August 15, 2015.
Richie McCaw played his 142nd Test match for NZ, leading the All Blacks to another resounding victory against Australia at Eden Park, bringing the Bledisloe cup back to NZ for another year. 48,000 people filled the stands to watch the game, and about 47,000 took part in booing a young man on the opposing team.
In the stands sat our auspicious leader (I refer to Mr Key our elected prime Minister, as opposed to our true leader, Richie) whose facial expression at the close of the match last night was not nearly as fake as it should have been at such an overwhelming victory. Even a ponytail bobbing tantalizingly close didn’t crack a grin from this “man of the people”. He looked decidedly distracted, and didn’t have his jolly “I like rugby” face on; not even when cameras focused in on him during the match.
I am hoping the reason he looked glum and distracted at the game was not because of concern over his golf swing and instead had something to do with this.
The protests held across the country yesterday were a triumph of organizational skill in this age of slactivism in which we live. Thousands marched, waved banners (peacefully and without incident) to challenge a decision our elected officials are making on our behalf. It isn’t the first time it has happened in recent years, but it is the first time I have seen a hint of bother about our concerns on our esteemed PMs face. Our news services (predictably) understated the size and serious nature of the protests almost without exception. I have seen no comment from any of our governing party’s spokespeople in response to the protests, which is also sadly predictable.
We are far from the halcyon days of the seventies and eighties where marching the streets was a strong and clear message to the leadership of our country to think twice. The 1983 Anti nuclear protest march on Auckland’s Queen Street of 25,000 women sparked a real and consistent change in our countries policy, followed up by a 20,000 strong 1985 march. I was present at the latter event, I believe, aged about nine, though my memories are hazy and it may have been a different occasion that I marched along with my parents in a practical lesson about the importance of making a stand.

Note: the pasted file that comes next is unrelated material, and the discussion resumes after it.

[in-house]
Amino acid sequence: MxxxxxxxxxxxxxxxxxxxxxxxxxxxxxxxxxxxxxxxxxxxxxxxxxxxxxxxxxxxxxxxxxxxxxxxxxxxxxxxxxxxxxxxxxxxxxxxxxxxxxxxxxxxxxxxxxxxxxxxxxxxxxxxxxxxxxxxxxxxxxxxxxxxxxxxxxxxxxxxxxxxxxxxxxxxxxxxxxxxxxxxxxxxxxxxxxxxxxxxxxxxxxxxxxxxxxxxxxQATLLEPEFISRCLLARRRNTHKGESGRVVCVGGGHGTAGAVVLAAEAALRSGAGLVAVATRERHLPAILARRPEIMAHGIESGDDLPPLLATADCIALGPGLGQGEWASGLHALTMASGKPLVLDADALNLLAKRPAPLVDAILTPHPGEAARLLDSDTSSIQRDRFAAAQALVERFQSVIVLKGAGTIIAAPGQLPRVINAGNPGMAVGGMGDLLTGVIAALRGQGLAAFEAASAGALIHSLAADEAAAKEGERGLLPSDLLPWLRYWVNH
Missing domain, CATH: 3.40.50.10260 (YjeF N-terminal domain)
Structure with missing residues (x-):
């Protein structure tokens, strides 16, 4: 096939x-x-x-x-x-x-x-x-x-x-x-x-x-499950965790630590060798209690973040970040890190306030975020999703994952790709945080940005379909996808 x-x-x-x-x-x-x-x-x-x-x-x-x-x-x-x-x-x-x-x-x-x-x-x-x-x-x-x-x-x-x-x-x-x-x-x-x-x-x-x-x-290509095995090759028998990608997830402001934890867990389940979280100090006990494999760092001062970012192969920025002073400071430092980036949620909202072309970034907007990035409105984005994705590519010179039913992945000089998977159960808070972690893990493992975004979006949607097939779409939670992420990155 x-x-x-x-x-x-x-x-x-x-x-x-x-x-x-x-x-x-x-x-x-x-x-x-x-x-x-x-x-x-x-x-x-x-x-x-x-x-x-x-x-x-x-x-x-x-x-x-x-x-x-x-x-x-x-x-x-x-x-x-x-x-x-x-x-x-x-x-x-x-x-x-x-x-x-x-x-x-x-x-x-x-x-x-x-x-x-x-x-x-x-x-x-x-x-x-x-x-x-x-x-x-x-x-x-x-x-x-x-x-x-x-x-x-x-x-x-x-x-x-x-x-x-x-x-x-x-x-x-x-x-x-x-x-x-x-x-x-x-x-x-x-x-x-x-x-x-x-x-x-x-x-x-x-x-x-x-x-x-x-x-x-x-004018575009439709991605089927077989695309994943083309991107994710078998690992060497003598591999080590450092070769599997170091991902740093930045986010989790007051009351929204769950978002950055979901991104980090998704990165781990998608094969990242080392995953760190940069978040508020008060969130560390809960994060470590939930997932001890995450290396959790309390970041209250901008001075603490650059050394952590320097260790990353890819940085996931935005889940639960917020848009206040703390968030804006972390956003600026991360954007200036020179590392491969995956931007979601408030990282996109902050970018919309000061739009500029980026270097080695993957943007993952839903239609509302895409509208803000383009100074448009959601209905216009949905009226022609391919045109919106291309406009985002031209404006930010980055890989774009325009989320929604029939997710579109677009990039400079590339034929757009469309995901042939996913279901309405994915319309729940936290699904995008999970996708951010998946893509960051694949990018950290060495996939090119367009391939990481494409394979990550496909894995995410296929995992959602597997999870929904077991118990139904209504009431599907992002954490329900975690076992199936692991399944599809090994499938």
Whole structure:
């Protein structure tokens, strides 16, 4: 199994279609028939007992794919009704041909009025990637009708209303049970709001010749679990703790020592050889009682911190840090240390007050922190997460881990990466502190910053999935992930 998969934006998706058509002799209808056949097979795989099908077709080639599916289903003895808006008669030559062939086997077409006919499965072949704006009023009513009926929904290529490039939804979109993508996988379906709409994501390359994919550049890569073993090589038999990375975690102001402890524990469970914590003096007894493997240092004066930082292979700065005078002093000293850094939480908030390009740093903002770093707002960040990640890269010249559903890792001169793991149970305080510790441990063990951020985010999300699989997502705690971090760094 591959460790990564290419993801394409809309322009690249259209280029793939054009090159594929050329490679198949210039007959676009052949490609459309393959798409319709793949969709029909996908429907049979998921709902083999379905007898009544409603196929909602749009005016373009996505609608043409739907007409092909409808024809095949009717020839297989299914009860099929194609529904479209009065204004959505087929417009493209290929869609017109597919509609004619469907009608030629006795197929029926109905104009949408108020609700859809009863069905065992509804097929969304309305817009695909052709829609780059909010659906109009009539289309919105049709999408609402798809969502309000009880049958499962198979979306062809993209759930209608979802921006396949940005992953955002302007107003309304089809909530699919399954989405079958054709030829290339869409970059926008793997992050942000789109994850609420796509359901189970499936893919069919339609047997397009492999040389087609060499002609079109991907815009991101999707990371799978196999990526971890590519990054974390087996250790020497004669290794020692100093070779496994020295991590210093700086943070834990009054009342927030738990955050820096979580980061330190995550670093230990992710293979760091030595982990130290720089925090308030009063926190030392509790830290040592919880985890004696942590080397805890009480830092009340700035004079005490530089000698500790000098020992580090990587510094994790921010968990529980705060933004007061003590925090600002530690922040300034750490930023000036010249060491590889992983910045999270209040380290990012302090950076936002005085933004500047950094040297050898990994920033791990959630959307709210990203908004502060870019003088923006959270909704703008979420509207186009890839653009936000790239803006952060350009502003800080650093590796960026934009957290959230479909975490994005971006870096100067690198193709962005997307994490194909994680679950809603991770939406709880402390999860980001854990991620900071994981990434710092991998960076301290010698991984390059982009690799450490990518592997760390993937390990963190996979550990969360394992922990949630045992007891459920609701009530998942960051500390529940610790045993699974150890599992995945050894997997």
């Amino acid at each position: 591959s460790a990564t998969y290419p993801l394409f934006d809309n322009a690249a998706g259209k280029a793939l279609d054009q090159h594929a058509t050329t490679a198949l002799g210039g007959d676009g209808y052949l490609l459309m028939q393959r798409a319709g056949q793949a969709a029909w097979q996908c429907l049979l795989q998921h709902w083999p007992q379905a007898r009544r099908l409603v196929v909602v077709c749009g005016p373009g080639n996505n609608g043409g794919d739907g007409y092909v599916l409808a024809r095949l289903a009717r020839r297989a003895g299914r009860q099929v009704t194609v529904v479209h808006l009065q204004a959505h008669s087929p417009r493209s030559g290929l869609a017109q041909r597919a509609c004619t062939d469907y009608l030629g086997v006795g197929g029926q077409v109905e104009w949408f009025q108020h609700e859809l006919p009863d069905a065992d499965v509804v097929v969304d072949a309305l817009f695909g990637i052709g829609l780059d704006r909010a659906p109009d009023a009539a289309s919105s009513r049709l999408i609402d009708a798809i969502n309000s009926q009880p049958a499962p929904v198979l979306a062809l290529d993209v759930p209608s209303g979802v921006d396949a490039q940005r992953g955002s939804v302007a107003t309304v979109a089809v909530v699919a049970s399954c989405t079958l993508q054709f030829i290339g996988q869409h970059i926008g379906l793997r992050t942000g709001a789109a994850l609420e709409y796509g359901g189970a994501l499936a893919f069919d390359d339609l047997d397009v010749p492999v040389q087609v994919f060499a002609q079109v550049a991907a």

All of which is a really long winded way of leading into my actual point. If you stuck with me this long, it is probably because of the pictures. I’ll try to keep this part succinct!
I did not attend the protests in my local area yesterday, despite my own strong feelings about the TPPA (this is not a post about the TPPA by the way. I do not think myself qualified or interesting enough to explain or justify the concerns so many average NZ voters hold about this This is a post about what (Sl)activism looks like in 2015). Why didn’t I go, I hear you cry, amazed at the audacity of me writing a blog about (sl)activism when I didn’t even act!
The reason I didn’t go, was that I am completely disconnected from the lesson my parents tried to teach me thirty years ago. I was reasonably unconvinced that anyone would turn up, and totally certain that even if they did, our Government would take no heed. I was swayed by the argument of my 14 yr old that the internet is now the only way to send a message. I was scared to go alone to a political protest in a new city, in case I inadvertently outed myself as a dirty leftie liberal to the wrong people…..
I was scared of what people might think of me.
What the heck?
So. I am a slactivist. Here’s hoping next time I don’t wimp out….
Thanks for reading, people.